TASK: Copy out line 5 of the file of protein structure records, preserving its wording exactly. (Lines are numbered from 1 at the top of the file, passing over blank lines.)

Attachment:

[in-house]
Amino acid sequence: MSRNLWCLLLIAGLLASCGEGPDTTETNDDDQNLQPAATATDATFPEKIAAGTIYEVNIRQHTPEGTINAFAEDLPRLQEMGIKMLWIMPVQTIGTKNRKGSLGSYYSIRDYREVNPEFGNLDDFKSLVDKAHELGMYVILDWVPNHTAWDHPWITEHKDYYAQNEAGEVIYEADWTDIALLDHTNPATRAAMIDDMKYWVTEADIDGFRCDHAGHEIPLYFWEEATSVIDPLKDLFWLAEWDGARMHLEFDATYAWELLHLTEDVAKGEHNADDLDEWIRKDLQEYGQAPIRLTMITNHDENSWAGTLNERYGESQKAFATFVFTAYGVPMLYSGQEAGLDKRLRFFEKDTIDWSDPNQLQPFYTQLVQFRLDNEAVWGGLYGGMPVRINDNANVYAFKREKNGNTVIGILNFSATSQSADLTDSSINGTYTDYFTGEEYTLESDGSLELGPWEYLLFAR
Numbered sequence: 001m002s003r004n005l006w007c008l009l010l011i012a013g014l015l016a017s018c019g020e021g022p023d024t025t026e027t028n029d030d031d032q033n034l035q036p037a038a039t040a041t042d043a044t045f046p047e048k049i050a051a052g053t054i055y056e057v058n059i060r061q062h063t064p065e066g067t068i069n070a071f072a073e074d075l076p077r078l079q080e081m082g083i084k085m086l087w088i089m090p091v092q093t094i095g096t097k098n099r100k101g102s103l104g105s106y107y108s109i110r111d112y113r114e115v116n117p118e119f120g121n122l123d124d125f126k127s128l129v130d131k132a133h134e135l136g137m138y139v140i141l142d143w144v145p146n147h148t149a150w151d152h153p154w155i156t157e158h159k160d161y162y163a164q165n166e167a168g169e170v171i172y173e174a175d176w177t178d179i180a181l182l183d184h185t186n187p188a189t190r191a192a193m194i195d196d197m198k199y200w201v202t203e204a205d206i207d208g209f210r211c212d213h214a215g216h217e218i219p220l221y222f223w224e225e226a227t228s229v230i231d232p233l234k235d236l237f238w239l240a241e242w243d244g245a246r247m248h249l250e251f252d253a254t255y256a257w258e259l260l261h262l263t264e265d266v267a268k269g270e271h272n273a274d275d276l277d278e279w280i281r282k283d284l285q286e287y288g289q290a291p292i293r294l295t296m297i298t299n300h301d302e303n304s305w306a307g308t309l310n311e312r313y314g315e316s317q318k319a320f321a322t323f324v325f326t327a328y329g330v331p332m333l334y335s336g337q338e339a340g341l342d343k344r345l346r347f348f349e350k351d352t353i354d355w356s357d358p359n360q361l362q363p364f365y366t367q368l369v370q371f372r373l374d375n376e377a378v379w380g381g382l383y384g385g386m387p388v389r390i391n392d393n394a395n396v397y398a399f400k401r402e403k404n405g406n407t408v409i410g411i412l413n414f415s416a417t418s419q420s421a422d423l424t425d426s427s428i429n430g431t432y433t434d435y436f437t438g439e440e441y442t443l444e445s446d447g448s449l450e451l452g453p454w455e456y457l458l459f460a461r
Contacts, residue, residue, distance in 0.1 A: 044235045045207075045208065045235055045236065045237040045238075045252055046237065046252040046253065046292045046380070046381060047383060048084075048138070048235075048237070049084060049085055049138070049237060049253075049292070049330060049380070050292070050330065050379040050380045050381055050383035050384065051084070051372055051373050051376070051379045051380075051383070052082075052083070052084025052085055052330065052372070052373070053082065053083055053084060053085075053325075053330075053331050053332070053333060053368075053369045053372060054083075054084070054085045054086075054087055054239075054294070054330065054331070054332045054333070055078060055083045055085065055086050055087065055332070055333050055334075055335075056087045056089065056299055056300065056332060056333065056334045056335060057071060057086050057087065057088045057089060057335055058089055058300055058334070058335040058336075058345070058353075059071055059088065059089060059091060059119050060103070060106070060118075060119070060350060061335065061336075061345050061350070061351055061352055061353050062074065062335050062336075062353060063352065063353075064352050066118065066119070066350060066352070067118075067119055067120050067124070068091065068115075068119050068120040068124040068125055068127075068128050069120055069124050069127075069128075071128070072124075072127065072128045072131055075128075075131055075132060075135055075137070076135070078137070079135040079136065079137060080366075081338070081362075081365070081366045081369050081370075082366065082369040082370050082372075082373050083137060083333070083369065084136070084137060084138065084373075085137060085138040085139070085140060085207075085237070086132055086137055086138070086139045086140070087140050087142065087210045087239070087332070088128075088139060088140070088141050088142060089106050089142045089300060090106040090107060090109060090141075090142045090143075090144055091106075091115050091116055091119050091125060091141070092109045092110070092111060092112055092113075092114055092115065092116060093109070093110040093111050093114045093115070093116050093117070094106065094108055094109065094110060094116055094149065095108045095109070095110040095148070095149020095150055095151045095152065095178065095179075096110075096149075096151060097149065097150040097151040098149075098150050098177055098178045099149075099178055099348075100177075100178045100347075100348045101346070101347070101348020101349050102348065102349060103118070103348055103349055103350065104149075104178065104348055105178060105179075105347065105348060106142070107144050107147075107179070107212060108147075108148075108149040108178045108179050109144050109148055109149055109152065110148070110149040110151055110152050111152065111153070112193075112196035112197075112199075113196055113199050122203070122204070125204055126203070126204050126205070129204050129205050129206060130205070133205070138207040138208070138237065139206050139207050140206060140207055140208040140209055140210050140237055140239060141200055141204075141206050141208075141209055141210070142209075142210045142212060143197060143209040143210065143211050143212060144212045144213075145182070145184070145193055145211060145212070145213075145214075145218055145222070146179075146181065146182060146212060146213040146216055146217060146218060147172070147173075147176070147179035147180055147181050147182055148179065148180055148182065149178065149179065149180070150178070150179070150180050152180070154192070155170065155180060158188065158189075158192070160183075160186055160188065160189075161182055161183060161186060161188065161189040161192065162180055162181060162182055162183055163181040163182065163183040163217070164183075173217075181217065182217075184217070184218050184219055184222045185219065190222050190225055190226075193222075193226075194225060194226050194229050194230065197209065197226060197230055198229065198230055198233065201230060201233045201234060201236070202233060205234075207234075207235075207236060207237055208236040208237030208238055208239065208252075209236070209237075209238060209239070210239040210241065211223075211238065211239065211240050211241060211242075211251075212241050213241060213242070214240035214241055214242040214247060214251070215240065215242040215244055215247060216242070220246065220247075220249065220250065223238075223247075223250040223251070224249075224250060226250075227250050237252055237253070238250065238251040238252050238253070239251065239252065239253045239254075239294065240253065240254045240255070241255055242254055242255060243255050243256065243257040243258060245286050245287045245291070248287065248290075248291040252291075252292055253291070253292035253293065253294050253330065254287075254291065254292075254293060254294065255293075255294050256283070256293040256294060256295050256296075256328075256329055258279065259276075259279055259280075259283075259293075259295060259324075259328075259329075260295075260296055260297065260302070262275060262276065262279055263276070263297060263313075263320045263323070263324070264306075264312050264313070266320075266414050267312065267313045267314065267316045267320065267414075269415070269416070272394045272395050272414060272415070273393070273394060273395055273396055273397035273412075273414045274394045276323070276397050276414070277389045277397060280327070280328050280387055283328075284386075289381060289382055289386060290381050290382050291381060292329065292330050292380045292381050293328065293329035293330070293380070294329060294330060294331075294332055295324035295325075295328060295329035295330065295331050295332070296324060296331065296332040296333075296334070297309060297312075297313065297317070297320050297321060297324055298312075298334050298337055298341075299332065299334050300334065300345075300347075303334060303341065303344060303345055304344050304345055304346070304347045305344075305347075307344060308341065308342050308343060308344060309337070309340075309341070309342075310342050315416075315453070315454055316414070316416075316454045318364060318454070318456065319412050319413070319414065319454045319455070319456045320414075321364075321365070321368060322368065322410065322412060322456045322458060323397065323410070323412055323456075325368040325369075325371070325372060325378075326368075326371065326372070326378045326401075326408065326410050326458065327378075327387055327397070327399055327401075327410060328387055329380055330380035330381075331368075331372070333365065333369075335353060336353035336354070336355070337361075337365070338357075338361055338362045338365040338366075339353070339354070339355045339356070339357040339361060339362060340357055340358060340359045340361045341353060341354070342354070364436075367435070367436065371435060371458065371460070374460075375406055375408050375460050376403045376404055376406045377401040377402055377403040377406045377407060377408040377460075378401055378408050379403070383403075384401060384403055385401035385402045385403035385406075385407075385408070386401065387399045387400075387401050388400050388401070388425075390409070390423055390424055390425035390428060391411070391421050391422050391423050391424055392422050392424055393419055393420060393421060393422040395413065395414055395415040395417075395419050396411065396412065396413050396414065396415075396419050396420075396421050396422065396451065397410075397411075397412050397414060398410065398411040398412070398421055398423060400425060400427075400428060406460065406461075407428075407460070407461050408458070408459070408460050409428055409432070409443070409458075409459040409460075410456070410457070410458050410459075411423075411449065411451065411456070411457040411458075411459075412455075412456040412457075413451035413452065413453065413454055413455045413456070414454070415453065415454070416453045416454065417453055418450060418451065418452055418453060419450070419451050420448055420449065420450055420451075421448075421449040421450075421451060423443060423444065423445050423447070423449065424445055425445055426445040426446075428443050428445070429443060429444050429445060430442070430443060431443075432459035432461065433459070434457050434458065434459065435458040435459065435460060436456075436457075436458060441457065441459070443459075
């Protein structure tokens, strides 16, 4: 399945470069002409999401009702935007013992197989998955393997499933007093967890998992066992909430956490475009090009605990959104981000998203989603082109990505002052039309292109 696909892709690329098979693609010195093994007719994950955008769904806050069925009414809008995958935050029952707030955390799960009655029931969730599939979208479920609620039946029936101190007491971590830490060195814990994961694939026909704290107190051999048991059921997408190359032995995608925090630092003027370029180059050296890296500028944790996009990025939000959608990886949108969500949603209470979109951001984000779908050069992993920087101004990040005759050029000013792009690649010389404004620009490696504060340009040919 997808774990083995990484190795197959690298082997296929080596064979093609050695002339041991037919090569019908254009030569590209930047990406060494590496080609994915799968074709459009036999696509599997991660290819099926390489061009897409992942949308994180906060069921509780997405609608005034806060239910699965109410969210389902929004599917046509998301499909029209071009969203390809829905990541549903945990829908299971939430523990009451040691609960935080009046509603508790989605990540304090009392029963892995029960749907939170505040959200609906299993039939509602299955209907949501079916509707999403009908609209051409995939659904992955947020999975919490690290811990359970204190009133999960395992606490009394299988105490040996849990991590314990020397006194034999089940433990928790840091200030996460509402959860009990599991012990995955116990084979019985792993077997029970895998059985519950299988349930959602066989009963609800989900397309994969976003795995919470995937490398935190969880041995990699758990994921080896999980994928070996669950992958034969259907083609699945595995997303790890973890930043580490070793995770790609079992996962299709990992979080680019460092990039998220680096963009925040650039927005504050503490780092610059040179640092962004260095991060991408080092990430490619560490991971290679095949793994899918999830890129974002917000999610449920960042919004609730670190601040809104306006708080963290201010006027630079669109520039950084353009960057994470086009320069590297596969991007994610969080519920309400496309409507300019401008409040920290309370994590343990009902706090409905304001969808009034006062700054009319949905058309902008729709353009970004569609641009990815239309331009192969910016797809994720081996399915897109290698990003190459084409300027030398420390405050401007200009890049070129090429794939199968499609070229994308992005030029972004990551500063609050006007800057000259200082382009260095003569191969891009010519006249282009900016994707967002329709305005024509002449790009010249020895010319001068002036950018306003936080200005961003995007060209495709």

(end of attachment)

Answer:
């Protein structure tokens, strides 16, 4: 399945470069002409999401009702935007013992197989998955393997499933007093967890998992066992909430956490475009090009605990959104981000998203989603082109990505002052039309292109 696909892709690329098979693609010195093994007719994950955008769904806050069925009414809008995958935050029952707030955390799960009655029931969730599939979208479920609620039946029936101190007491971590830490060195814990994961694939026909704290107190051999048991059921997408190359032995995608925090630092003027370029180059050296890296500028944790996009990025939000959608990886949108969500949603209470979109951001984000779908050069992993920087101004990040005759050029000013792009690649010389404004620009490696504060340009040919 997808774990083995990484190795197959690298082997296929080596064979093609050695002339041991037919090569019908254009030569590209930047990406060494590496080609994915799968074709459009036999696509599997991660290819099926390489061009897409992942949308994180906060069921509780997405609608005034806060239910699965109410969210389902929004599917046509998301499909029209071009969203390809829905990541549903945990829908299971939430523990009451040691609960935080009046509603508790989605990540304090009392029963892995029960749907939170505040959200609906299993039939509602299955209907949501079916509707999403009908609209051409995939659904992955947020999975919490690290811990359970204190009133999960395992606490009394299988105490040996849990991590314990020397006194034999089940433990928790840091200030996460509402959860009990599991012990995955116990084979019985792993077997029970895998059985519950299988349930959602066989009963609800989900397309994969976003795995919470995937490398935190969880041995990699758990994921080896999980994928070996669950992958034969259907083609699945595995997303790890973890930043580490070793995770790609079992996962299709990992979080680019460092990039998220680096963009925040650039927005504050503490780092610059040179640092962004260095991060991408080092990430490619560490991971290679095949793994899918999830890129974002917000999610449920960042919004609730670190601040809104306006708080963290201010006027630079669109520039950084353009960057994470086009320069590297596969991007994610969080519920309400496309409507300019401008409040920290309370994590343990009902706090409905304001969808009034006062700054009319949905058309902008729709353009970004569609641009990815239309331009192969910016797809994720081996399915897109290698990003190459084409300027030398420390405050401007200009890049070129090429794939199968499609070229994308992005030029972004990551500063609050006007800057000259200082382009260095003569191969891009010519006249282009900016994707967002329709305005024509002449790009010249020895010319001068002036950018306003936080200005961003995007060209495709």